WASHINGTON -- Solid waste system financings backed by general obligation debt face added exposure to rating downgrades as a result of the Supreme Court's recent decision overturning state and local waste flow control laws, according to Standard & Poor's Corp.

But while the rating agency will be closely watching reaction to the ruling by issuers of both general obligation and revenue bonds, Standard & Poor's said it sees little immediate impact on ratings.

In an article in this week's issue of CreditWeek Municipal, Standard & Poor's analysts said the recent ruling in C&A Carbone v. Clarkstown, N.Y., focused much attention on revenue bond financings of solid waste systems and associated credit impact.

"However, G.O.-backed solid waste and resource recovery financings also are subject to the increased exposure, as municipalities are now faced with increasing competition for sufficient streams of solid waste," the article said.

"To the extent that an uncompetitive position and a subsequent erosion of tipping fee revenues puts pressure on a municipality's general fund, general obligation ratings may be hurt," Standard & Poor's said. "However, an examination of issuers with significant amounts of S&P-rated G.O. solid waste debt suggests that most ratings will remain stable."

Many issuers already have taken steps in lieu of flow control to ensure an adequate waste supply to guarantee revenue to pay debt service on bonds, the analysts said.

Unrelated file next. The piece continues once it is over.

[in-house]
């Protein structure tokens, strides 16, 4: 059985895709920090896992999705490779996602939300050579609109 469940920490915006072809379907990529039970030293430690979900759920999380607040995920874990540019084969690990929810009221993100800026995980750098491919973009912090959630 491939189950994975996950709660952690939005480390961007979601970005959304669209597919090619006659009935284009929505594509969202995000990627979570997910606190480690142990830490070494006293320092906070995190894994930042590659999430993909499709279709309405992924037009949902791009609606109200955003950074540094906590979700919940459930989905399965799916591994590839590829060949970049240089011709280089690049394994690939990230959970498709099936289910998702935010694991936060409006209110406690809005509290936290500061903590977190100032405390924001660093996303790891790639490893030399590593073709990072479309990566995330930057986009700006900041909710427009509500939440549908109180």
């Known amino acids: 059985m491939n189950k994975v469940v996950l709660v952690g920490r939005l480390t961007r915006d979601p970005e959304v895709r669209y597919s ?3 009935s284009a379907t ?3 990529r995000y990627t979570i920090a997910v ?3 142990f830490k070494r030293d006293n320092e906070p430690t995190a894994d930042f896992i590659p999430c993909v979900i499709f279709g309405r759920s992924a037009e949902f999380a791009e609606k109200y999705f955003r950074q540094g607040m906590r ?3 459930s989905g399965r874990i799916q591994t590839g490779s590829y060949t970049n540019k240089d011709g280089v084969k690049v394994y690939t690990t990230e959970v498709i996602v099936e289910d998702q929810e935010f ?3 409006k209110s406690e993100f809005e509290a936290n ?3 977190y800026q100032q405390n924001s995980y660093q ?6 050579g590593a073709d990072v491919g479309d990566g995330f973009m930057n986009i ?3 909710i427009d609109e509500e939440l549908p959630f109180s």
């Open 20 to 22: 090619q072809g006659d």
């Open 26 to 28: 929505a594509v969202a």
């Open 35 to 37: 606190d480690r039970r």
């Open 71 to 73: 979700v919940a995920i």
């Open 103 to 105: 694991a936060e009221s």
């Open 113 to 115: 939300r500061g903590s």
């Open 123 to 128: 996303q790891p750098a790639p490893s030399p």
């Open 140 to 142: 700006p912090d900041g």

The primary methods for ensuring a waste stream in the absence of flow control ordinances, which gave states and localities power to dictate where waste is to be sent for disposal, are subsidizing or reducing "tipping" fees and removing incentives for haulers to deliver waste to competing facilities, the analysts said.

Rates generally are competitive, with the exception of the Camden County Pollution Control Authority in New Jersey, which has high tipping fees and relies heavily on flow control ~authority, Standard & Poor's analyst Malachy Fallon said. Standard & Poor's has revised the outlook for Camden to negative.

In many systems, there is general fund support or alternative user fee support to help keep tipping fees down, he said.

But "it remains to be seen" what legal challenges are made at the local level to flow control laws, Fallon said.

The New Jersey Department of Environmental Protection notified haulers after the May 16 high court ruling that they still must comply with local flow control requirements in the state.

New Jersey regulates solid waste facilities as public utilities that operate in state-granted franchises to local governments. Franchise holders are expected to defend their authority to direct waste to a designated facility on the basis that they own a property interest in the waste under the franchise, according to some analysts.

Standard & Poor's said another uncertainty about flow control is congressional response to the high court's ruling. In addition to restoring flow control authority, Congress also may seek to allow state governors to limit waste imports, the agency said. Such a measure "would distort the market by limiting disposal options and driving tipping fees up in states with limited capacity," the agency said.

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